chart but instead text that is a substitute for an image to make surrounding
context comprehensible.

The issue is that you (vlad) always put an image in in the context as part
of a narrative, yes images are sometimes used like that, but often times
they are not, and when they are not, either your method fails to be useful
or you recast every instance of image use to fit your method, neither are
desirable or practical outcomes.


regards
Stevef

On 25 September 2010 17:44, Vlad Alexander < <EMAIL REMOVED> >wrote:

> Steve wrote: "I cannot disagree more. the content of the alt attribute can
> be and is many things"
>
> I don't see that. It's a really simple concept and if we keep it simple,
> people will then use it correctly.
>
> Please don't take this personally (this is professional feedback), but I
> feel you are making alt more complex than necessary. Your 40+ page document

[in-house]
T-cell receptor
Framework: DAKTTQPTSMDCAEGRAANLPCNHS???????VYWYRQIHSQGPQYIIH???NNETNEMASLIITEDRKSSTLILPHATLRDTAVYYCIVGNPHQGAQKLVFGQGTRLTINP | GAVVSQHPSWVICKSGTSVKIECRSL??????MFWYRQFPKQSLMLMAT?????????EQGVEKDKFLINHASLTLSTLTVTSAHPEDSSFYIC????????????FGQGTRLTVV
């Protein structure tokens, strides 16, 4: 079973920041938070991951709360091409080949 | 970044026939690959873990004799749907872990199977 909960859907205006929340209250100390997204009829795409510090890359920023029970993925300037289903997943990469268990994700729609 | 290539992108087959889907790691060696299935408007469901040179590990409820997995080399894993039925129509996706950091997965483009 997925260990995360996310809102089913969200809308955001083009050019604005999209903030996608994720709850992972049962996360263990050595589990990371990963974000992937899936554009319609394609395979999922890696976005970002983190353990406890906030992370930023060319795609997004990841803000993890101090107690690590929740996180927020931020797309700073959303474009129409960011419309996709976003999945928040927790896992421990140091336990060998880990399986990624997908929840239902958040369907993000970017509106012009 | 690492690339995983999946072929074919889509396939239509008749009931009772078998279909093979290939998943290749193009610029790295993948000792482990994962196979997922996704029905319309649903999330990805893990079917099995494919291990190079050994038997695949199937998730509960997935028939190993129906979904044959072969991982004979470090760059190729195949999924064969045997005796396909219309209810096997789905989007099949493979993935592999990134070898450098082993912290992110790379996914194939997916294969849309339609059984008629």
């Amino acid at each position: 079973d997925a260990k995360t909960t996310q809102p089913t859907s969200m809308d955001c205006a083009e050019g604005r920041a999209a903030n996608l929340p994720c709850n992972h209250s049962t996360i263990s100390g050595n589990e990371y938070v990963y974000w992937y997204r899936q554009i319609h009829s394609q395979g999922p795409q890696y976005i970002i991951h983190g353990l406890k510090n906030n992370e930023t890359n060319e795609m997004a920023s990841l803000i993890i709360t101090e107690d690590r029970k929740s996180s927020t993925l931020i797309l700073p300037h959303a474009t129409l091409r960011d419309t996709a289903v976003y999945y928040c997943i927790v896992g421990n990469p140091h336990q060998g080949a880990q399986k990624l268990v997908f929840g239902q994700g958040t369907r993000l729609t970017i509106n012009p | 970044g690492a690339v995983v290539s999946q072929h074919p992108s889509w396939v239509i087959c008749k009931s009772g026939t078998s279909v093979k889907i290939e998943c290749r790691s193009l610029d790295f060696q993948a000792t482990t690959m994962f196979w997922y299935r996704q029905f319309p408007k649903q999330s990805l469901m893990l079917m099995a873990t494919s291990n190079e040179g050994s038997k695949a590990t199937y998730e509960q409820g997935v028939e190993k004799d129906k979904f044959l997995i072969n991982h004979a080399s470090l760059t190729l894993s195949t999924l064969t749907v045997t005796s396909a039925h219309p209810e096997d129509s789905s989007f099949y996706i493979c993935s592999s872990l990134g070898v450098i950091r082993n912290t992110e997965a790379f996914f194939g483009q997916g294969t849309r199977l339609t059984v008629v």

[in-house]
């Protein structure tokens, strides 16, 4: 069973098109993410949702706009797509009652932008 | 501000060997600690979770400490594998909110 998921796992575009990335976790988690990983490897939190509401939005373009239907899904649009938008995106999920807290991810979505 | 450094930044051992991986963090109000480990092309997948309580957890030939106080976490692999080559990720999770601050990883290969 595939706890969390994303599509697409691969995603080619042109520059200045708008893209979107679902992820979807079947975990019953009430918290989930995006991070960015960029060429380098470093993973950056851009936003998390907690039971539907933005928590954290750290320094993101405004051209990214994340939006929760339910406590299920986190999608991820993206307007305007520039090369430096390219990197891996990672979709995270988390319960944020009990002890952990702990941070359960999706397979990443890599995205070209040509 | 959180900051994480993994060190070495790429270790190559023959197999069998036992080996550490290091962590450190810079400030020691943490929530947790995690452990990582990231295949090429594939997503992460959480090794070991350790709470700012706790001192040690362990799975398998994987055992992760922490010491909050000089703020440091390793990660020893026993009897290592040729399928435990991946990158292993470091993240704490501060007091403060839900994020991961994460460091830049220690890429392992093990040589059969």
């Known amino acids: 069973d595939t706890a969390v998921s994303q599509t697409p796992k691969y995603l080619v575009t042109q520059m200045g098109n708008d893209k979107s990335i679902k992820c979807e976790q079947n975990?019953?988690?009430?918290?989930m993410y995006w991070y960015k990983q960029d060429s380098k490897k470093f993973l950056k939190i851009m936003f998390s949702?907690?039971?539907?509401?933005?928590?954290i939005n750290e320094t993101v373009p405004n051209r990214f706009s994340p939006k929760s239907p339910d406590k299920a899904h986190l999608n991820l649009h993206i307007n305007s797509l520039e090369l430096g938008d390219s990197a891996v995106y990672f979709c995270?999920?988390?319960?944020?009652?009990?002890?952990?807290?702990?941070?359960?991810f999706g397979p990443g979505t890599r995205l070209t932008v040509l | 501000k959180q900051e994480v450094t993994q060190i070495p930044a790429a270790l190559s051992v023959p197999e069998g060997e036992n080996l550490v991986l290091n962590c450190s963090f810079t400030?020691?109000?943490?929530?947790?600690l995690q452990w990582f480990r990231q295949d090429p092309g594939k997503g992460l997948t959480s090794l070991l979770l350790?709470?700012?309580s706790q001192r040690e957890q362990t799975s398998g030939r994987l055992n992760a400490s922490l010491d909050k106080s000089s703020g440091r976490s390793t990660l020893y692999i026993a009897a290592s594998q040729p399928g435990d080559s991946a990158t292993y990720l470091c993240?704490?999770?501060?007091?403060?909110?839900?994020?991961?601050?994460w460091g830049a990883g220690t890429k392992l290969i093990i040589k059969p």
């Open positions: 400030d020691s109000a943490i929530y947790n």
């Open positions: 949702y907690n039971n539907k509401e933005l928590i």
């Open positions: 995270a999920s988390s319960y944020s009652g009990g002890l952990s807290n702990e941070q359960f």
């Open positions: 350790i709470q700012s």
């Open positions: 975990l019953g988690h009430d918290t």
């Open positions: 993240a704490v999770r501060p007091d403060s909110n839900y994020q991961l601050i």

> on how to write alt text in HTML5 is way too complex and will unfortunately
> serve the purpose (directly or through derivative works) of scaring content
> authors/developers/tool vendors so that they will simply ignore alt or give
> it cursorily effort.
>
> http://dev.w3.org/html5/alt-techniques/
>
> Steve wrote: "The abscence of content indicates the image is decorative."
>
> That fits with the definition of alt as a textual replacement for an image.
> In this case, the replacement text is blank because it is unnecessary given
> surrounding content.
>
> Steve wrote: "If the image is the sole content of a link it is a
> description/label of the link target."
>
> Let's put this to a test.
>